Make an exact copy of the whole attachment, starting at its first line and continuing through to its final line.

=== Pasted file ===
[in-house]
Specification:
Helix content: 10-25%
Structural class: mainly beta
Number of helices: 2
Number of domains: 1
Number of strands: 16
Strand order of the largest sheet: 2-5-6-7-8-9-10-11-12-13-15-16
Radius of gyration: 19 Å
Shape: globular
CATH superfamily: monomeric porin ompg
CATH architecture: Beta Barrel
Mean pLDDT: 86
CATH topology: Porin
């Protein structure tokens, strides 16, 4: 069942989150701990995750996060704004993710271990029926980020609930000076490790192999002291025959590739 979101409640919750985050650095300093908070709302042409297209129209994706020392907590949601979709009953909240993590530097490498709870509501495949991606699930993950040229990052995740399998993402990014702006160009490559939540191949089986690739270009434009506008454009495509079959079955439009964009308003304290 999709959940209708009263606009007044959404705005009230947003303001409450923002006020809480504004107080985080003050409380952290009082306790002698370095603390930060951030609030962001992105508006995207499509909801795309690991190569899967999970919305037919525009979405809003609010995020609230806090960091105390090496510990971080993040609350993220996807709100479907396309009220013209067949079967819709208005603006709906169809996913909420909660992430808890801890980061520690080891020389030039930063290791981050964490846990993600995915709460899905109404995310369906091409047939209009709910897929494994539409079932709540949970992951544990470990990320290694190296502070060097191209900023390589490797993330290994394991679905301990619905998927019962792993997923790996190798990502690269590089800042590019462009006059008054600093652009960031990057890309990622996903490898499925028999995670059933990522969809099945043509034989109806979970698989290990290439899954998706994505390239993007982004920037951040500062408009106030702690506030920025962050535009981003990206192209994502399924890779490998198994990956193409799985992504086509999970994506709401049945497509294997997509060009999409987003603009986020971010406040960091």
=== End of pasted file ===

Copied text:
[in-house]
Specification:
Helix content: 10-25%
Structural class: mainly beta
Number of helices: 2
Number of domains: 1
Number of strands: 16
Strand order of the largest sheet: 2-5-6-7-8-9-10-11-12-13-15-16
Radius of gyration: 19 Å
Shape: globular
CATH superfamily: monomeric porin ompg
CATH architecture: Beta Barrel
Mean pLDDT: 86
CATH topology: Porin
């Protein structure tokens, strides 16, 4: 069942989150701990995750996060704004993710271990029926980020609930000076490790192999002291025959590739 979101409640919750985050650095300093908070709302042409297209129209994706020392907590949601979709009953909240993590530097490498709870509501495949991606699930993950040229990052995740399998993402990014702006160009490559939540191949089986690739270009434009506008454009495509079959079955439009964009308003304290 999709959940209708009263606009007044959404705005009230947003303001409450923002006020809480504004107080985080003050409380952290009082306790002698370095603390930060951030609030962001992105508006995207499509909801795309690991190569899967999970919305037919525009979405809003609010995020609230806090960091105390090496510990971080993040609350993220996807709100479907396309009220013209067949079967819709208005603006709906169809996913909420909660992430808890801890980061520690080891020389030039930063290791981050964490846990993600995915709460899905109404995310369906091409047939209009709910897929494994539409079932709540949970992951544990470990990320290694190296502070060097191209900023390589490797993330290994394991679905301990619905998927019962792993997923790996190798990502690269590089800042590019462009006059008054600093652009960031990057890309990622996903490898499925028999995670059933990522969809099945043509034989109806979970698989290990290439899954998706994505390239993007982004920037951040500062408009106030702690506030920025962050535009981003990206192209994502399924890779490998198994990956193409799985992504086509999970994506709401049945497509294997997509060009999409987003603009986020971010406040960091």